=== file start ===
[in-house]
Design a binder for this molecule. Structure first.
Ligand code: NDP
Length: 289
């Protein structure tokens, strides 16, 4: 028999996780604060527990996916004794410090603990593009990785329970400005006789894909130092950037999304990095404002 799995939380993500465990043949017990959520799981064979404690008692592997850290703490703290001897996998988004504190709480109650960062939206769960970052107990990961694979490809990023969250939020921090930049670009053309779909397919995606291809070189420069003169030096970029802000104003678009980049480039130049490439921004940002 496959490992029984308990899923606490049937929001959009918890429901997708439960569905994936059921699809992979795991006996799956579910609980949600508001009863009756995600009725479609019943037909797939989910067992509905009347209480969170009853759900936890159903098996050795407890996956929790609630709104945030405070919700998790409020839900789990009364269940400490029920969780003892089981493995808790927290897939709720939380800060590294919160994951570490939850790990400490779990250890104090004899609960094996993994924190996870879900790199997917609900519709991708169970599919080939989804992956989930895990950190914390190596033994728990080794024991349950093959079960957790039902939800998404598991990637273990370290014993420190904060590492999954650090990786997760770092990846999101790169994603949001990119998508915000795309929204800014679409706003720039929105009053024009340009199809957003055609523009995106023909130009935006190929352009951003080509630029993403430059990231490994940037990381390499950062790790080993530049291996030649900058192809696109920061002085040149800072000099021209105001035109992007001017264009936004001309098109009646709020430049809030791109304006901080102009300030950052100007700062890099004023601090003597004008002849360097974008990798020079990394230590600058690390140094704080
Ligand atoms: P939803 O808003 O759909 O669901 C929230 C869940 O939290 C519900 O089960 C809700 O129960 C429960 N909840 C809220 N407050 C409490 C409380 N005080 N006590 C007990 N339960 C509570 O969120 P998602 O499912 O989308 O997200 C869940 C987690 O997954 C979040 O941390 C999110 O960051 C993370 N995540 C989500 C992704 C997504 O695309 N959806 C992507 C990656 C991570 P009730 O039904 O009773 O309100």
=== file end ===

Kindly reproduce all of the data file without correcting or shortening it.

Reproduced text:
[in-house]
Design a binder for this molecule. Structure first.
Ligand code: NDP
Length: 289
């Protein structure tokens, strides 16, 4: 028999996780604060527990996916004794410090603990593009990785329970400005006789894909130092950037999304990095404002 799995939380993500465990043949017990959520799981064979404690008692592997850290703490703290001897996998988004504190709480109650960062939206769960970052107990990961694979490809990023969250939020921090930049670009053309779909397919995606291809070189420069003169030096970029802000104003678009980049480039130049490439921004940002 496959490992029984308990899923606490049937929001959009918890429901997708439960569905994936059921699809992979795991006996799956579910609980949600508001009863009756995600009725479609019943037909797939989910067992509905009347209480969170009853759900936890159903098996050795407890996956929790609630709104945030405070919700998790409020839900789990009364269940400490029920969780003892089981493995808790927290897939709720939380800060590294919160994951570490939850790990400490779990250890104090004899609960094996993994924190996870879900790199997917609900519709991708169970599919080939989804992956989930895990950190914390190596033994728990080794024991349950093959079960957790039902939800998404598991990637273990370290014993420190904060590492999954650090990786997760770092990846999101790169994603949001990119998508915000795309929204800014679409706003720039929105009053024009340009199809957003055609523009995106023909130009935006190929352009951003080509630029993403430059990231490994940037990381390499950062790790080993530049291996030649900058192809696109920061002085040149800072000099021209105001035109992007001017264009936004001309098109009646709020430049809030791109304006901080102009300030950052100007700062890099004023601090003597004008002849360097974008990798020079990394230590600058690390140094704080
Ligand atoms: P939803 O808003 O759909 O669901 C929230 C869940 O939290 C519900 O089960 C809700 O129960 C429960 N909840 C809220 N407050 C409490 C409380 N005080 N006590 C007990 N339960 C509570 O969120 P998602 O499912 O989308 O997200 C869940 C987690 O997954 C979040 O941390 C999110 O960051 C993370 N995540 C989500 C992704 C997504 O695309 N959806 C992507 C990656 C991570 P009730 O039904 O009773 O309100």